This time, Bourne attempts to live the private life. He has found a woman who loves him & whom he loves. He has learnt, apparently, not to be curious. He flees to another continent. So long as nobody knows him, he does not mind not knowing himself. Soon, the woman gets killed. Maybe love made him stupid; certainly, he forgot himself. But Bourne has learnt a lesson over her dead body: assassins do not stop assassinating.
Bourne has existential qualms that suggest a college education. Only this can explain why Bourne is not a serious assassin, ignoring the consequences of the assassin’s reputation. It is no good killing people left & right. – Whether or not they want you dead. What matters is how you make it stop. Bourne seems never to have thought about what his victory might mean or require. He either did not pay the price or he paid it for nothing.
Obviously, you must decapitate an organization to destroy its coherence; only then will it fail of its purpose. & only the head is guilty; the other members are rather innocent, being moved by a will & a thought not their own. The director suggests we are all college-kids now: He never offers us the big picture. Consequently, dozens are mutilated & die.
Or maybe Bourne has planned something else – maybe something that is not obvious can explain what is what. What could it be? Well, you always have to look for a couple of things. Is there a character whose position is somehow similar to the director’s? Is there some telling scene or detail – peculiarly ones that do not further the plot or seem misplaced – that explains to you in small the large thing? Are there certain things said that show the relative positions & motives of the characters? Go ahead – try it out – see if you can figure it out.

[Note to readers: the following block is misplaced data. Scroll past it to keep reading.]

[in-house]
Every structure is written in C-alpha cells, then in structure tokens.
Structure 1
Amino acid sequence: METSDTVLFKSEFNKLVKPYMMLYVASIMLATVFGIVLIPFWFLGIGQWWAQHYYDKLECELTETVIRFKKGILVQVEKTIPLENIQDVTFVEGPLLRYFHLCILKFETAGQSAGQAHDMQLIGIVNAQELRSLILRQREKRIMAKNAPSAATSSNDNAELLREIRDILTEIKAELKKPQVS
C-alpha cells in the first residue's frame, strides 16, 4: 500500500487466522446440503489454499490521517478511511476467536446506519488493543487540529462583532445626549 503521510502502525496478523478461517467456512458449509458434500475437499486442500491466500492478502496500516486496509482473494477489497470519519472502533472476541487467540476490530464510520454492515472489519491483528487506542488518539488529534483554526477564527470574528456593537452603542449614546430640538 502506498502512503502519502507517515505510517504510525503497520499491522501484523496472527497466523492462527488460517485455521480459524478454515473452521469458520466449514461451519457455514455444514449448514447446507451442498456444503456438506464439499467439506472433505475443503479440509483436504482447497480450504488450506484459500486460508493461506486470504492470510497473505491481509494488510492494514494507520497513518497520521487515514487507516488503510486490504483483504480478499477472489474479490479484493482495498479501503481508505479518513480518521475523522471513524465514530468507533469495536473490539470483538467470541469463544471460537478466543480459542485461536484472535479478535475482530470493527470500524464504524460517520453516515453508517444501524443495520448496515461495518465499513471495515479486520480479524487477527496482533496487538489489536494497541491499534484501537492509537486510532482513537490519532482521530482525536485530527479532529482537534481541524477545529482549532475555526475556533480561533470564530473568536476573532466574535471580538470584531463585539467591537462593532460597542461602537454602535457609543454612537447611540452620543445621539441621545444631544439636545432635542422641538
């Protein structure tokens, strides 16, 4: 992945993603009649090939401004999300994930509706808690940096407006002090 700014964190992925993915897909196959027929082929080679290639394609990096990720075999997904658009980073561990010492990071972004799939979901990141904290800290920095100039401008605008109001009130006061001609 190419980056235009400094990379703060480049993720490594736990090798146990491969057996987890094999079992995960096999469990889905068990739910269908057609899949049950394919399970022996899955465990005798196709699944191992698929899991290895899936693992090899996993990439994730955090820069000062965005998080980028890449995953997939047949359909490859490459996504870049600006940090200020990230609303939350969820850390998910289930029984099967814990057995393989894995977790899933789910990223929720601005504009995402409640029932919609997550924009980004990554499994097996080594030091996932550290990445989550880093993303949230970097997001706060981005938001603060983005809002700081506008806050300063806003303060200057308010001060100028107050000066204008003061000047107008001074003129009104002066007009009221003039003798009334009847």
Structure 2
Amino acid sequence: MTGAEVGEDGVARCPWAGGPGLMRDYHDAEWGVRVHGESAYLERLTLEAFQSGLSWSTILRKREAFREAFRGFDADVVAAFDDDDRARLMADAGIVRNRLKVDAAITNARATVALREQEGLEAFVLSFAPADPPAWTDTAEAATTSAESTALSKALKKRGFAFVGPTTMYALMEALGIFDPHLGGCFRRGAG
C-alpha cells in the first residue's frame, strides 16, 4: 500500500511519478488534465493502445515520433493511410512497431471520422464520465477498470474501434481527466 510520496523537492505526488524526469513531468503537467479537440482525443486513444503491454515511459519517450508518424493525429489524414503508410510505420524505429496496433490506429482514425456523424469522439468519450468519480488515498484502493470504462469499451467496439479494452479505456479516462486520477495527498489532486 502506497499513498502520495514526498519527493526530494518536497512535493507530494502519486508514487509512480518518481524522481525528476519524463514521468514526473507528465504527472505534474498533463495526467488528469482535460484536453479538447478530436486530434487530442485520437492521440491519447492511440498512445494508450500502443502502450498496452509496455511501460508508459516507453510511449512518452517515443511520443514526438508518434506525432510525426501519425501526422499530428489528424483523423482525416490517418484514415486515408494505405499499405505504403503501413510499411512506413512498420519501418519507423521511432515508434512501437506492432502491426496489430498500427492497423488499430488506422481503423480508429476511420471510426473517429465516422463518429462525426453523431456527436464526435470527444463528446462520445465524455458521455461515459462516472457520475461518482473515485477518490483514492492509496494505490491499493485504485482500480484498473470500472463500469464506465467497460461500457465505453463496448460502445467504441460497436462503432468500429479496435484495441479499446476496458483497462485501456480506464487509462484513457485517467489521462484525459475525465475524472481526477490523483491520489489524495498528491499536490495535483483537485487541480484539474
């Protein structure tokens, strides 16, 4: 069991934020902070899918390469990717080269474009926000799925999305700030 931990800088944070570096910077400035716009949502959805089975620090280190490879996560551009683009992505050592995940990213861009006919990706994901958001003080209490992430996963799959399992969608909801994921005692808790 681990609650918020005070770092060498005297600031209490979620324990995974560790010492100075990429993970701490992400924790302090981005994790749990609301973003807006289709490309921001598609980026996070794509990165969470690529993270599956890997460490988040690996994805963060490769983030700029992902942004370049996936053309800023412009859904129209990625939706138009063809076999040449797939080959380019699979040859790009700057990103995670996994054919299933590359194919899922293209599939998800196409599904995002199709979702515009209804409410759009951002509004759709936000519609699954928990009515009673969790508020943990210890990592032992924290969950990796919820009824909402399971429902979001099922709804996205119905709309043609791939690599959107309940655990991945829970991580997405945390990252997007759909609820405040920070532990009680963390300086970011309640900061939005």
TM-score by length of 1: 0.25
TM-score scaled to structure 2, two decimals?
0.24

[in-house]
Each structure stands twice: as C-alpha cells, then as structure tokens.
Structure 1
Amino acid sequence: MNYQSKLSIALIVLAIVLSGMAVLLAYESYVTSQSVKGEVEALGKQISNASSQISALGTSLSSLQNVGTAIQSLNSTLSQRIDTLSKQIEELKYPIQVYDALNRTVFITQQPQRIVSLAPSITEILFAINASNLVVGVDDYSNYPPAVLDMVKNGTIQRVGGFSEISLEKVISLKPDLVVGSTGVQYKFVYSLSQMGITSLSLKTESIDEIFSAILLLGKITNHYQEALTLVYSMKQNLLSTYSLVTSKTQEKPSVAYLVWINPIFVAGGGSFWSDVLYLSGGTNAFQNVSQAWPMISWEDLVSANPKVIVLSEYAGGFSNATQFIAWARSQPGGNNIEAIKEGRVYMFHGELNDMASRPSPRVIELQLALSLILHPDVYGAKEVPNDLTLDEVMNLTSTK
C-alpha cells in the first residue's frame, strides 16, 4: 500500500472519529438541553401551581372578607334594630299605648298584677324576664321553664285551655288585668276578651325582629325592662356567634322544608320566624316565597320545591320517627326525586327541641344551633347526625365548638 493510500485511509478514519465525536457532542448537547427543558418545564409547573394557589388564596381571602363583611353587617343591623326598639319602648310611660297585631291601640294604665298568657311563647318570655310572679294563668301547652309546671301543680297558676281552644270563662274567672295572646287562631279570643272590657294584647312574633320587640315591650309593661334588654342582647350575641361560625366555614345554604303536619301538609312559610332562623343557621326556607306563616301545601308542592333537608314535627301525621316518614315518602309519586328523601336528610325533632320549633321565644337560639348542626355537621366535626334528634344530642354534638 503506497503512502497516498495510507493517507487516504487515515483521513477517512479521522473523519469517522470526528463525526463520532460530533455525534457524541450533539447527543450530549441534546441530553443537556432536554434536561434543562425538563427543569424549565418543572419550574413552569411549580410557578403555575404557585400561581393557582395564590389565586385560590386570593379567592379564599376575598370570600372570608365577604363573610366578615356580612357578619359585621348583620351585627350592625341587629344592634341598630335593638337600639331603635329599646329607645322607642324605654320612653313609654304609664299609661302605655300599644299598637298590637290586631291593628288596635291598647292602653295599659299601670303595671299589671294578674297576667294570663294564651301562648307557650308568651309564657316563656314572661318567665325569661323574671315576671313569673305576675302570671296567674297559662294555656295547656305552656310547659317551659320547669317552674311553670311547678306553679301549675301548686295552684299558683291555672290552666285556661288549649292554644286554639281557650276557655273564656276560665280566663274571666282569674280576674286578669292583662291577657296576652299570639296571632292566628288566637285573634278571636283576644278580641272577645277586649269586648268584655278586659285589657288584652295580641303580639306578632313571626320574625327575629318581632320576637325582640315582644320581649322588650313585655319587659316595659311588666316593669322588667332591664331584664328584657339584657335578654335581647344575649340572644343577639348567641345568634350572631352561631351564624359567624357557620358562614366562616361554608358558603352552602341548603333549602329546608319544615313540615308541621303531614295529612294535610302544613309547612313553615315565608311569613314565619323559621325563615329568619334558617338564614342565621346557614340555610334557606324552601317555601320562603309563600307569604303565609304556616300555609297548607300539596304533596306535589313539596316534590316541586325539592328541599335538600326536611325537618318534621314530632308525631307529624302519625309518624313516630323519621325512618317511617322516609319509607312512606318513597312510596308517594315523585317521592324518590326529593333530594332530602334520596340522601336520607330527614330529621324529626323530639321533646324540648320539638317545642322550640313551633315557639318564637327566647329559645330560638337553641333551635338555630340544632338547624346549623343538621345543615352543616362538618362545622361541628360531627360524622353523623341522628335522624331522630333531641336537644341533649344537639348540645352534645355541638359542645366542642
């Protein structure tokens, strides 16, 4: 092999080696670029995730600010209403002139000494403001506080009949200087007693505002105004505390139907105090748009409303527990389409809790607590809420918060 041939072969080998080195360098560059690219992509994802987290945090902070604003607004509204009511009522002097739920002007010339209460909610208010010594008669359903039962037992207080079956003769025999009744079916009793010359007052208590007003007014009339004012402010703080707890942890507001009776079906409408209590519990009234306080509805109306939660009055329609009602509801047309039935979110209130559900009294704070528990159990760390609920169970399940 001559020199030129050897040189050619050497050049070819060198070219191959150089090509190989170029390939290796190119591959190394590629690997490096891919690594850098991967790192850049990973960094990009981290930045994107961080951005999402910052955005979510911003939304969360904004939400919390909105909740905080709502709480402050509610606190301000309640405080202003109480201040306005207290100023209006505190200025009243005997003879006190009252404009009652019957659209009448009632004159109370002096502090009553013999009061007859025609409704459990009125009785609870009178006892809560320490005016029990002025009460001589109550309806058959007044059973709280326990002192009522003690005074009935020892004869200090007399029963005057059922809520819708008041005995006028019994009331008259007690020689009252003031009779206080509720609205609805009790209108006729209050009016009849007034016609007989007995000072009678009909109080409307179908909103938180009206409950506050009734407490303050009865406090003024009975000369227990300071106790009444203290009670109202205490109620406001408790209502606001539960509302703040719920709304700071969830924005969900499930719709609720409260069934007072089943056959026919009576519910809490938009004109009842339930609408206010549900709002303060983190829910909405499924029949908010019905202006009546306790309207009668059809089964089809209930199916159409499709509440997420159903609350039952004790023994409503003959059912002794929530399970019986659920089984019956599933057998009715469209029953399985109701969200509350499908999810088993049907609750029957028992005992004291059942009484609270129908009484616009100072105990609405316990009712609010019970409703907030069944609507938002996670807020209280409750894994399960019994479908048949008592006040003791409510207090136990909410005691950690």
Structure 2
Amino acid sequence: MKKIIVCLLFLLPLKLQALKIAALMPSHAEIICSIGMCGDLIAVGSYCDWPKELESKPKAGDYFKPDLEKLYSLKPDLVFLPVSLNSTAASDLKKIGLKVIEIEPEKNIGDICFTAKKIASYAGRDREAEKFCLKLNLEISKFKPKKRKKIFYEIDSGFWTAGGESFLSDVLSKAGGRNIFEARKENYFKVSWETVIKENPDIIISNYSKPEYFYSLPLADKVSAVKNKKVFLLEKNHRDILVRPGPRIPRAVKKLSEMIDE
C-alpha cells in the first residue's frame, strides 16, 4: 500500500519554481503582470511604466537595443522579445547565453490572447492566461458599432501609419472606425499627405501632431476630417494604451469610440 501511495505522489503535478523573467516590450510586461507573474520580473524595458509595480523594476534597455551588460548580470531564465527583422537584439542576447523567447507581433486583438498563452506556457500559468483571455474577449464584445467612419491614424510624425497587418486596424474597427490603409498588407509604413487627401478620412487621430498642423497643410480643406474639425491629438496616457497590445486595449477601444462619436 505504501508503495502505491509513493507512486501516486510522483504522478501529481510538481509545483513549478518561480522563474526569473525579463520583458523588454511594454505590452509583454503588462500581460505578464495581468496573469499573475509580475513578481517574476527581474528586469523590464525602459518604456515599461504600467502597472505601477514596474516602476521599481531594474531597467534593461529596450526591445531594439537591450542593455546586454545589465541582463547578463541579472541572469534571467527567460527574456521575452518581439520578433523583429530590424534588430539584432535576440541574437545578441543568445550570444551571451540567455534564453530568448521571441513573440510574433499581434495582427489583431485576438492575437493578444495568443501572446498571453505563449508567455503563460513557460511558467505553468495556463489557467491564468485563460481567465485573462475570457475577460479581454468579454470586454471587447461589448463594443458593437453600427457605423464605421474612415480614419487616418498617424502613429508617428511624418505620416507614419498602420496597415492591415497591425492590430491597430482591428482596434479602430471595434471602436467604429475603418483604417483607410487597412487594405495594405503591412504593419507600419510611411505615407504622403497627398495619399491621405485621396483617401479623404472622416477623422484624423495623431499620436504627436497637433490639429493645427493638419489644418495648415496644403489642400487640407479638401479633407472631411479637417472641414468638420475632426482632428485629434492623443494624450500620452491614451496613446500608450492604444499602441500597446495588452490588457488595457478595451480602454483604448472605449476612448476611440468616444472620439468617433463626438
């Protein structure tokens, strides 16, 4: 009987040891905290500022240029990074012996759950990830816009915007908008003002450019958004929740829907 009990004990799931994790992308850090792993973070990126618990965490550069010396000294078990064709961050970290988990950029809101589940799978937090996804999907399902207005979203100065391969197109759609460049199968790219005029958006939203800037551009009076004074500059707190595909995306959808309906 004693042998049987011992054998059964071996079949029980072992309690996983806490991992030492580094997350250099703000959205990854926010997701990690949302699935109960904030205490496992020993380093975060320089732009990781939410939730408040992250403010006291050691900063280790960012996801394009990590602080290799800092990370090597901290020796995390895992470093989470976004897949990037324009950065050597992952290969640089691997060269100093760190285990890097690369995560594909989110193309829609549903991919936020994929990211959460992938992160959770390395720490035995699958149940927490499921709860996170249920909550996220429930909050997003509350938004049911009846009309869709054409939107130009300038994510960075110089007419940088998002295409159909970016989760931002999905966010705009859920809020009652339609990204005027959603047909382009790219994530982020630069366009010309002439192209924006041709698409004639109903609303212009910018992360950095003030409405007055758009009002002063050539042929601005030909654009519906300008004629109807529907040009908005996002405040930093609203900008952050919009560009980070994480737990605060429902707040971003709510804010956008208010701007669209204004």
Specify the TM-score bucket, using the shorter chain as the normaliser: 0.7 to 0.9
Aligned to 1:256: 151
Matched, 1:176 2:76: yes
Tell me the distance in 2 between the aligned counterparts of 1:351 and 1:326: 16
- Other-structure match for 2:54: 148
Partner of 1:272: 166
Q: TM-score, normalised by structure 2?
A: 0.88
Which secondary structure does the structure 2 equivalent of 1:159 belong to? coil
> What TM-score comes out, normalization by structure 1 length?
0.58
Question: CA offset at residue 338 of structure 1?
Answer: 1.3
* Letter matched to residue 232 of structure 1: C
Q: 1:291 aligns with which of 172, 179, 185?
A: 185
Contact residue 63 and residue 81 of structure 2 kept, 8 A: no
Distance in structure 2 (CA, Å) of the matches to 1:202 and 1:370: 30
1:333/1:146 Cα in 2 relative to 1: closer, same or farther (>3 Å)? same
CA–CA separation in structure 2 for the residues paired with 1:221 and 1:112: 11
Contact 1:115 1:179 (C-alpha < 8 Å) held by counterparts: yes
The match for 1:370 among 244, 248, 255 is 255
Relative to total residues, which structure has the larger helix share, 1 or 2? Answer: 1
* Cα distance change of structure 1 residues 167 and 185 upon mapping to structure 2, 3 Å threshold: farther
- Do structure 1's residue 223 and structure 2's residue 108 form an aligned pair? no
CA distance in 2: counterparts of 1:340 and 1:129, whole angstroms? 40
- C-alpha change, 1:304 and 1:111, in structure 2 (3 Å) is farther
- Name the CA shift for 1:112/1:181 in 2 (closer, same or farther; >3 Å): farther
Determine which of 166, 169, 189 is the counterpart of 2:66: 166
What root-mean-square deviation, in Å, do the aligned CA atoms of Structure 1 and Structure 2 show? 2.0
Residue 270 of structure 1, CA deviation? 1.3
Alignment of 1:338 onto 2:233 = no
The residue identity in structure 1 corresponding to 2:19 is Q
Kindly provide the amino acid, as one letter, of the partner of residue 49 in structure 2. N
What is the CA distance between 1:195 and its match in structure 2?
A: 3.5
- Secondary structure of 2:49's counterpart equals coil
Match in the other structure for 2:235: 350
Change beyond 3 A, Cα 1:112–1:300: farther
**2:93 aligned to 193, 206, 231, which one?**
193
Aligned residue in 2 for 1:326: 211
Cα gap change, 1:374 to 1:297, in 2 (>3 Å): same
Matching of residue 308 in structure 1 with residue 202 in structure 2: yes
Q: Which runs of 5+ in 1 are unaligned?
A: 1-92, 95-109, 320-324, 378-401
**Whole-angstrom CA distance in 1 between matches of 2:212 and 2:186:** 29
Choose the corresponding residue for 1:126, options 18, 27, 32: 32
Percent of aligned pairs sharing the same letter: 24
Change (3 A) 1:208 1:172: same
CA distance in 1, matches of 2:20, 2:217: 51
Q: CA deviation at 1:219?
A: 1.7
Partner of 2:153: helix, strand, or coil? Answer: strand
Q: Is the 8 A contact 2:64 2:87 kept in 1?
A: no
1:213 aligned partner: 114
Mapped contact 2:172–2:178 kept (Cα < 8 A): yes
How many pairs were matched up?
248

The ugliest habit Bourne learns is not killing people – the woman’s fault – but sentimentality neither fights nor wins wars. Therefore, we cannot see clearly either problem or solution, either friend or foe. Conveniently, we also learn Bourne was once a habitual assassin. Luckily, he neither remembers much nor has to pay any price for what might be considered misdeeds…
Now he wants to apologize to his victim’s children. Does this change anything? Will it bring justice? Well, it makes Bourne feel better, as opposed to solving his problems, which might give him a migraine. If this is therapy, it is worthless. In the end, he is neither less crazy nor better prepared to destroy his enemies. We just took the long way around to a dead end. Bourne must learn to abandon his illusions.
The sequel. Just as popular as the original